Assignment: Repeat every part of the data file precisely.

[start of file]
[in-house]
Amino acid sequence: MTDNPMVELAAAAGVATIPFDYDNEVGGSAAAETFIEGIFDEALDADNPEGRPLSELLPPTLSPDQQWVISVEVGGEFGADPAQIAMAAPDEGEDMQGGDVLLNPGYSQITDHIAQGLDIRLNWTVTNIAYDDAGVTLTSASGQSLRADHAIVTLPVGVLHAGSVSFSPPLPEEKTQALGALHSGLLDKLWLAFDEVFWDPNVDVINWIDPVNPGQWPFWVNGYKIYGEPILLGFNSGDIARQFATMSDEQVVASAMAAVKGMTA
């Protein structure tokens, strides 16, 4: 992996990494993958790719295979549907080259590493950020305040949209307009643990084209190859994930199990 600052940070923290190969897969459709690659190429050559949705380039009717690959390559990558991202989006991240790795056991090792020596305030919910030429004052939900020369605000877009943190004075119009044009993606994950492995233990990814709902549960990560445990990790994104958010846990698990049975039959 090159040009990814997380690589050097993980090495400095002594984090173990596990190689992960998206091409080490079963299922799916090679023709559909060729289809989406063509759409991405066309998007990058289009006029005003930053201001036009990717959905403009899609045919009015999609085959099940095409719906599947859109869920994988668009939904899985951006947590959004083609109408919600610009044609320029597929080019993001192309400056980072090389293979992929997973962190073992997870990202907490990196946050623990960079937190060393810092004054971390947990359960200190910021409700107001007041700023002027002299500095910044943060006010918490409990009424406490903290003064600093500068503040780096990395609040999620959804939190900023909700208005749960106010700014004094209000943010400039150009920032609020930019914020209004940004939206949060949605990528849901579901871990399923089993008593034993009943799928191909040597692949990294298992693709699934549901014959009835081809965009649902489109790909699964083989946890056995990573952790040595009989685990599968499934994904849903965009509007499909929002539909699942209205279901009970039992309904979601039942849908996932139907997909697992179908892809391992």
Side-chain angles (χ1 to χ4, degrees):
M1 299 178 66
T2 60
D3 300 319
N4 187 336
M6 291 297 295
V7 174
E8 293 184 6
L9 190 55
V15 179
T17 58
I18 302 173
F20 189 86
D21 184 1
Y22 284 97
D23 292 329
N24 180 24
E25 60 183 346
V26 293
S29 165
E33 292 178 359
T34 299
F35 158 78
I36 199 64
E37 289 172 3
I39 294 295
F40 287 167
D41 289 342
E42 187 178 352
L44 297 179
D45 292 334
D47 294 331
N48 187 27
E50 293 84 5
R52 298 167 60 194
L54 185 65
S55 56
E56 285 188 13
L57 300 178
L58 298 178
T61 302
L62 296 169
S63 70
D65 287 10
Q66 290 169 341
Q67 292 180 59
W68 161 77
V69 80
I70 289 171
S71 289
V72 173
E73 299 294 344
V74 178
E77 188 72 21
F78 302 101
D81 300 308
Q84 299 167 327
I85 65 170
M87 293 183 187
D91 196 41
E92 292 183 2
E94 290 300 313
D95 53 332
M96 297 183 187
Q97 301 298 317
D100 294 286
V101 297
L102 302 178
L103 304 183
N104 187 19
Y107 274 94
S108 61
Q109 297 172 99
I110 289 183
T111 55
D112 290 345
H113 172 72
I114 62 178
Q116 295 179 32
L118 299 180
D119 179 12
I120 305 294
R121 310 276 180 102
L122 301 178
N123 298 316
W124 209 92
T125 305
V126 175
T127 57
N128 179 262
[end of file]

[in-house]
Amino acid sequence: MTDNPMVELAAAAGVATIPFDYDNEVGGSAAAETFIEGIFDEALDADNPEGRPLSELLPPTLSPDQQWVISVEVGGEFGADPAQIAMAAPDEGEDMQGGDVLLNPGYSQITDHIAQGLDIRLNWTVTNIAYDDAGVTLTSASGQSLRADHAIVTLPVGVLHAGSVSFSPPLPEEKTQALGALHSGLLDKLWLAFDEVFWDPNVDVINWIDPVNPGQWPFWVNGYKIYGEPILLGFNSGDIARQFATMSDEQVVASAMAAVKGMTA
């Protein structure tokens, strides 16, 4: 992996990494993958790719295979549907080259590493950020305040949209307009643990084209190859994930199990 600052940070923290190969897969459709690659190429050559949705380039009717690959390559990558991202989006991240790795056991090792020596305030919910030429004052939900020369605000877009943190004075119009044009993606994950492995233990990814709902549960990560445990990790994104958010846990698990049975039959 090159040009990814997380690589050097993980090495400095002594984090173990596990190689992960998206091409080490079963299922799916090679023709559909060729289809989406063509759409991405066309998007990058289009006029005003930053201001036009990717959905403009899609045919009015999609085959099940095409719906599947859109869920994988668009939904899985951006947590959004083609109408919600610009044609320029597929080019993001192309400056980072090389293979992929997973962190073992997870990202907490990196946050623990960079937190060393810092004054971390947990359960200190910021409700107001007041700023002027002299500095910044943060006010918490409990009424406490903290003064600093500068503040780096990395609040999620959804939190900023909700208005749960106010700014004094209000943010400039150009920032609020930019914020209004940004939206949060949605990528849901579901871990399923089993008593034993009943799928191909040597692949990294298992693709699934549901014959009835081809965009649902489109790909699964083989946890056995990573952790040595009989685990599968499934994904849903965009509007499909929002539909699942209205279901009970039992309904979601039942849908996932139907997909697992179908892809391992």
Side-chain angles (χ1 to χ4, degrees):
M1 299 178 66
T2 60
D3 300 319
N4 187 336
M6 291 297 295
V7 174
E8 293 184 6
L9 190 55
V15 179
T17 58
I18 302 173
F20 189 86
D21 184 1
Y22 284 97
D23 292 329
N24 180 24
E25 60 183 346
V26 293
S29 165
E33 292 178 359
T34 299
F35 158 78
I36 199 64
E37 289 172 3
I39 294 295
F40 287 167
D41 289 342
E42 187 178 352
L44 297 179
D45 292 334
D47 294 331
N48 187 27
E50 293 84 5
R52 298 167 60 194
L54 185 65
S55 56
E56 285 188 13
L57 300 178
L58 298 178
T61 302
L62 296 169
S63 70
D65 287 10
Q66 290 169 341
Q67 292 180 59
W68 161 77
V69 80
I70 289 171
S71 289
V72 173
E73 299 294 344
V74 178
E77 188 72 21
F78 302 101
D81 300 308
Q84 299 167 327
I85 65 170
M87 293 183 187
D91 196 41
E92 292 183 2
E94 290 300 313
D95 53 332
M96 297 183 187
Q97 301 298 317
D100 294 286
V101 297
L102 302 178
L103 304 183
N104 187 19
Y107 274 94
S108 61
Q109 297 172 99
I110 289 183
T111 55
D112 290 345
H113 172 72
I114 62 178
Q116 295 179 32
L118 299 180
D119 179 12
I120 305 294
R121 310 276 180 102
L122 301 178
N123 298 316
W124 209 92
T125 305
V126 175
T127 57
N128 179 262